'Five years ago, on March 14, 2007, the much beloved American satirist Kurt Vonnegut fell down the front steps of his New York City brownstone, smashing his head on the sidewalk; four weeks later, he died. So it goes.
Vonnegut made this last phrase immortal by enshrining it as the appropriate response to news of someone’s death. In his 1969 novel Slaughterhouse-Five, Vonnegut introduced the the Tralfamadorian view of time, in which “all moments, past, present, and future, always have existed, always will exist.” From this perspective, a corpse is just a person who appears to be in bad shape at a particular moment, but is doing just fine at other, coexisting moments. “Now, when I myself hear that somebody is dead,” writes Vonnegut in the voice of Billy Pilgrim, “I simply shrug and say what the Tralfamadorians say about dead people, which is ‘So it goes’.” The fifth anniversary of Vonnegut’s death, therefore, might be a good occasion for recalling his humor and wisdom in those earlier moments, still very much present today in his books.
In his thorough, well-researched biography And So It Goes: Kurt Vonnegut, A Life, Charles J. Shields mentions that Vonnegut was convinced that one day he would be killed by a dog, and a frightfully canine near-death experience is depicted in Breakfast of Champions (1973). Shields then suggests that the cause of death was indeed Vonnegut’s little dog, who managed to trip him with its leash as they ventured out for an afternoon walk. However, the eminent Vonnegut scholar Jerome Klinkowitz has said that, according to friends, the proximate cause of Vonnegut’s death must have been his wife, Jill Krementz, who would not allow the 84-year-old to smoke indoors: supposedly, he lost his balance on the front steps after arising too quickly from stubbing out a Pall Mall.
Ironically, perhaps, Vonnegut’s relationship to cigarettes may have been more healthy than his marriage. He and Krementz (his second wife) filed for divorce no fewer than three times, each time reconciling for one reason or another, but Vonnegut loved to joke about suing the tobacco companies for false advertising. Cigarettes were supposed to kill you, he’d say, but I’ve been smoking unfiltered Pall Malls for over fifty years now. Whether dog, wife, or cigarettes are ultimately responsible, Vonnegut’s downfall seems appropriately absurd. Here was a man who had lived through World War II and the fire-bombing of Dresden, a man who had survived his mother’s suicide, his sister’s tragic death, his son’s terrifying schizophrenia, and other familial and professional challenges, and his final bow comes as a macabre pratfall as in a Vaudevillian slapstick routine? Absurd.
Pointing out the absurdity of everyday life was perhaps Vonnegut’s greatest contribution to American literature. Whereas Hannah Arendt had marveled at the banality of evil, Vonnegut duly recorded the banality of … well, everything. His novels poked fun at science and technology, commerce and warfare, patriotism and progress, sickness and health. Vonnegut had an especially sharp wit when it came to the American Dream, that much admired and pursued hope which so often leads to disappointment and despair. As Vonnegut pointed out, behind this dream lies the haunting barb, “If you’re so smart, how come you ain’t rich?” Those who have not managed to achieve the dream must consider themselves failures, and those who have had even a great deal of success worry that they haven’t done or received enough.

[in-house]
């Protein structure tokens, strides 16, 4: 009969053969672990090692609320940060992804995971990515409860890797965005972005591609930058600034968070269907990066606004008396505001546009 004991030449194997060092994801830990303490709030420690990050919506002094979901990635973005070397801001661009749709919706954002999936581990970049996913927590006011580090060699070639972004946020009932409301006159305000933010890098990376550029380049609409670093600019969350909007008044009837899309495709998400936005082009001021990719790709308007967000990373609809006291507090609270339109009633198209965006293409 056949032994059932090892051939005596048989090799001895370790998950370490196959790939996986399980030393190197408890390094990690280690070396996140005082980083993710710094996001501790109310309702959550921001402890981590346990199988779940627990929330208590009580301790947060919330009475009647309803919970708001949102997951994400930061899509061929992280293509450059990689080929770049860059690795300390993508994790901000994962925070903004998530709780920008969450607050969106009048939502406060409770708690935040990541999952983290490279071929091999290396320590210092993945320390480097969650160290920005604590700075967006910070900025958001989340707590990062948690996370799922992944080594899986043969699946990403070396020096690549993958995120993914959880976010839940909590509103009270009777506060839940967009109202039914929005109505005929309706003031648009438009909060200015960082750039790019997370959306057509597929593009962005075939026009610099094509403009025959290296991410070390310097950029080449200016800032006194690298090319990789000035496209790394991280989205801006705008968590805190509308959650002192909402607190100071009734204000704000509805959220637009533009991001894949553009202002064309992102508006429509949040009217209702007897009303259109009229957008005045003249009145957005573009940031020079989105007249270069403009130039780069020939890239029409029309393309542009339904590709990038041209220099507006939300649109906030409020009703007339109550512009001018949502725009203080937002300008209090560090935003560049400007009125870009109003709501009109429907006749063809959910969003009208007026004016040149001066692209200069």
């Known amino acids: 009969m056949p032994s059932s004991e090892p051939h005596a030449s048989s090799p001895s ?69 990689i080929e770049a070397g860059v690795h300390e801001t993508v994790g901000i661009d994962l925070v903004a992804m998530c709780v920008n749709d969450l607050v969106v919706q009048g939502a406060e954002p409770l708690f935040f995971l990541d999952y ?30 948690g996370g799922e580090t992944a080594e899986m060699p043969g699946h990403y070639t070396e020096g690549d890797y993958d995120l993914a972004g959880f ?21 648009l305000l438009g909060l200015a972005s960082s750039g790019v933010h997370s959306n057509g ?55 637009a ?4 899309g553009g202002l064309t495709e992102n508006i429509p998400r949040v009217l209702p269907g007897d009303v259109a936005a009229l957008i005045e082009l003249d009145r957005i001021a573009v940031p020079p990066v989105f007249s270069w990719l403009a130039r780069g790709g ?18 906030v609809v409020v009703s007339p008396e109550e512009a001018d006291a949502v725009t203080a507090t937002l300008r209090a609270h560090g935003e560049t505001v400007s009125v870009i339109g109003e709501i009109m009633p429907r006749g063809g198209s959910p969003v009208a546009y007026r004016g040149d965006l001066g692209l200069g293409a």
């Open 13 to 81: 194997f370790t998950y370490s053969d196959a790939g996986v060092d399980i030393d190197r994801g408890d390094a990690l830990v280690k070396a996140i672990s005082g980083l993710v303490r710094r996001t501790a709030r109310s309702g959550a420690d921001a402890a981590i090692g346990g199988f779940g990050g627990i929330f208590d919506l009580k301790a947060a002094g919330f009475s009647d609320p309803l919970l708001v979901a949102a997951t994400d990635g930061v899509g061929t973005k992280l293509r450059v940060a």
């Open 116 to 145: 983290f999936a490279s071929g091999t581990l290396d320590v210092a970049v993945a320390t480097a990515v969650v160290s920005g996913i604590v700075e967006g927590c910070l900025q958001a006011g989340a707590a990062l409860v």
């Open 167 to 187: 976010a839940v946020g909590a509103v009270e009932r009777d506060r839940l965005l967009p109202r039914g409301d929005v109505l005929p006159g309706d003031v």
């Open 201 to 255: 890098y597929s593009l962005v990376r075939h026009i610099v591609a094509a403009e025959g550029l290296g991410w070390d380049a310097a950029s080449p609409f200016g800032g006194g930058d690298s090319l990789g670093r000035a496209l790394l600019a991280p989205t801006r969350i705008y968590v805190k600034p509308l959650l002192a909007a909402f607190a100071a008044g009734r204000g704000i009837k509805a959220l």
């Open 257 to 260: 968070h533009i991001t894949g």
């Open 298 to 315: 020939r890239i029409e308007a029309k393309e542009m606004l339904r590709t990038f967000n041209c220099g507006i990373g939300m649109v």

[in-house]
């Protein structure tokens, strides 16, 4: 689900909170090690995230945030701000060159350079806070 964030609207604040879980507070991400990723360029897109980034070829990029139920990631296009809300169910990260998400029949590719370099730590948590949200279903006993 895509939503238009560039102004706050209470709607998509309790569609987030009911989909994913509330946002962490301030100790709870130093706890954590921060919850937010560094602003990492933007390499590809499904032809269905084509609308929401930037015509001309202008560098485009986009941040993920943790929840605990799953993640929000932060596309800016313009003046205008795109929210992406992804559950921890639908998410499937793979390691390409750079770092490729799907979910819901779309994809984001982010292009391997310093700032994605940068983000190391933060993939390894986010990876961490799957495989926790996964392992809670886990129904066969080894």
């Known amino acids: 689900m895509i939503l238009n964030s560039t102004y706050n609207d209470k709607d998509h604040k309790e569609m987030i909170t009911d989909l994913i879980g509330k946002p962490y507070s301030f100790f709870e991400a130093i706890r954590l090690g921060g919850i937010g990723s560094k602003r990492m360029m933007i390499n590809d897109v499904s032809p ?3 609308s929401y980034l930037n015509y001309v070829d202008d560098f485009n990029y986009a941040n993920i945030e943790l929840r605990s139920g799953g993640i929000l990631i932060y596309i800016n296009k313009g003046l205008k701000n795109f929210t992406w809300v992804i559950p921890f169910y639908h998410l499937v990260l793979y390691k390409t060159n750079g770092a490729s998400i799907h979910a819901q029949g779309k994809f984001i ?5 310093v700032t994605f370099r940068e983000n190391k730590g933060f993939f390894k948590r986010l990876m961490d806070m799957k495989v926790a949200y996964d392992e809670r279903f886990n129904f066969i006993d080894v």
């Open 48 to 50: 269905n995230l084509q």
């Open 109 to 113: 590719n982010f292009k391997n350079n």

Vonnegut’s insights may have hit quite close to home, not just with his fans who were weary of the triumphalism and self-congratulatory hubris of American consumer culture, but with the author himself. Shields, for instance, notes that Vonnegut often felt unappreciated as a writer, notwithstanding his strong sales and ardent following. He was reportedly bothered that his dictionary contained no “Vonnegut, Kurt” entry, but “Kerouac” and others were in there. Vonnegut has inspired, and continues to inspire, generations of readers with his wry humor and bittersweet musings, but even at the pinnacle of his professional success, he felt unappreciated.
That too may have been a ruse, as Vonnegut’s fears seemed to discount his unquestionably large fan base. Vonnegut himself was rather elusive, all the more so owing to his deceptively simple syntax and diction, as well as his friendly and engaging narrative voice in both his fiction and nonfiction. In his brilliant 1961 novel Mother Night, Vonnegut warns us not to trust the word of a writer: “To say he was a writer is to say that the demands of art alone were enough to make him lie, and to lie without seeing any harm in it.” Coming from such an imaginative writer as Vonnegut, this can only be viewed as a caveat to his own readers, many of whom would embrace this artful artificer as the ultimate truth-teller. An extremely funny joke, when you think about it.
Five years after he “became just another wisp of undifferentiated nothingness” (as it is named in Deadeye Dick ), Vonnegut’s novels are as popular as ever, and Vonnegut’s persona as a straight-talking, down-to-earth, everyman social critic—as opposed to the skilled fabricator of nuanced foma, as “lies” or “harmless untruths” are called in Cat’s Cradle (1963)—continues to form the image most beloved by readers. Yet Vonnegut gets the last laugh, as both his detractors and his admirers are fooled into imagining, respectively, an overrated hack or a undervalued genius, whereas Vonnegut remains what he always was: a tragicomic performer, as willing to tell a story as he is to take a tumble, and always just for the hell of it.'
— Robert T. Tally Jr., author of Kurt Vonnegut and the American Novel: A Postmodern Iconography. Read our digital preview of the book by clicking on the widget below.